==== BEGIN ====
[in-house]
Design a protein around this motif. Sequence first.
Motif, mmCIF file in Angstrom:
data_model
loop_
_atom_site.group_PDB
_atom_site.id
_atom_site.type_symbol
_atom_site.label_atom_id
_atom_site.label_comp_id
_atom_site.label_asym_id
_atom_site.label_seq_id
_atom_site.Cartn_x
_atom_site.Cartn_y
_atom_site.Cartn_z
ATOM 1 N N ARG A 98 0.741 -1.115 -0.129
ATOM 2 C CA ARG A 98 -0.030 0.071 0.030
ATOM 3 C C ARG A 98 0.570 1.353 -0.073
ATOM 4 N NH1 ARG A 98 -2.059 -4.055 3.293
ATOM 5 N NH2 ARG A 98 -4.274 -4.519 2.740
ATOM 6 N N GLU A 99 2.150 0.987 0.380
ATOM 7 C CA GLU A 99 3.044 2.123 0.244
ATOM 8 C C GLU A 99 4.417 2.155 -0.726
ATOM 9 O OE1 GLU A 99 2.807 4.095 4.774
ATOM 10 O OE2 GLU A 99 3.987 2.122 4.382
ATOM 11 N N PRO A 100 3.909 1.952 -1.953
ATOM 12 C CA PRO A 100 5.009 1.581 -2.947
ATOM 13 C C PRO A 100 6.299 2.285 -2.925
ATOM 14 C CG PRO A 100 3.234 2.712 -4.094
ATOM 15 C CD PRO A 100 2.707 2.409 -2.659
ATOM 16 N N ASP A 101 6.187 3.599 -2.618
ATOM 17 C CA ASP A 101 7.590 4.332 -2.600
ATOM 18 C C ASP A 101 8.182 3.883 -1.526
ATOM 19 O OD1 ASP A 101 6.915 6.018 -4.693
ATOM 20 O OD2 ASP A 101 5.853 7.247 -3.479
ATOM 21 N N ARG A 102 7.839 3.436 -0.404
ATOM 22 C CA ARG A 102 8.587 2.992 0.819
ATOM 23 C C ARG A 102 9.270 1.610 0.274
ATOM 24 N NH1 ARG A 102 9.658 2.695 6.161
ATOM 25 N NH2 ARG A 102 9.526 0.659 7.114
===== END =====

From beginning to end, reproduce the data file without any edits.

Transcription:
[in-house]
Design a protein around this motif. Sequence first.
Motif, mmCIF file in Angstrom:
data_model
loop_
_atom_site.group_PDB
_atom_site.id
_atom_site.type_symbol
_atom_site.label_atom_id
_atom_site.label_comp_id
_atom_site.label_asym_id
_atom_site.label_seq_id
_atom_site.Cartn_x
_atom_site.Cartn_y
_atom_site.Cartn_z
ATOM 1 N N ARG A 98 0.741 -1.115 -0.129
ATOM 2 C CA ARG A 98 -0.030 0.071 0.030
ATOM 3 C C ARG A 98 0.570 1.353 -0.073
ATOM 4 N NH1 ARG A 98 -2.059 -4.055 3.293
ATOM 5 N NH2 ARG A 98 -4.274 -4.519 2.740
ATOM 6 N N GLU A 99 2.150 0.987 0.380
ATOM 7 C CA GLU A 99 3.044 2.123 0.244
ATOM 8 C C GLU A 99 4.417 2.155 -0.726
ATOM 9 O OE1 GLU A 99 2.807 4.095 4.774
ATOM 10 O OE2 GLU A 99 3.987 2.122 4.382
ATOM 11 N N PRO A 100 3.909 1.952 -1.953
ATOM 12 C CA PRO A 100 5.009 1.581 -2.947
ATOM 13 C C PRO A 100 6.299 2.285 -2.925
ATOM 14 C CG PRO A 100 3.234 2.712 -4.094
ATOM 15 C CD PRO A 100 2.707 2.409 -2.659
ATOM 16 N N ASP A 101 6.187 3.599 -2.618
ATOM 17 C CA ASP A 101 7.590 4.332 -2.600
ATOM 18 C C ASP A 101 8.182 3.883 -1.526
ATOM 19 O OD1 ASP A 101 6.915 6.018 -4.693
ATOM 20 O OD2 ASP A 101 5.853 7.247 -3.479
ATOM 21 N N ARG A 102 7.839 3.436 -0.404
ATOM 22 C CA ARG A 102 8.587 2.992 0.819
ATOM 23 C C ARG A 102 9.270 1.610 0.274
ATOM 24 N NH1 ARG A 102 9.658 2.695 6.161
ATOM 25 N NH2 ARG A 102 9.526 0.659 7.114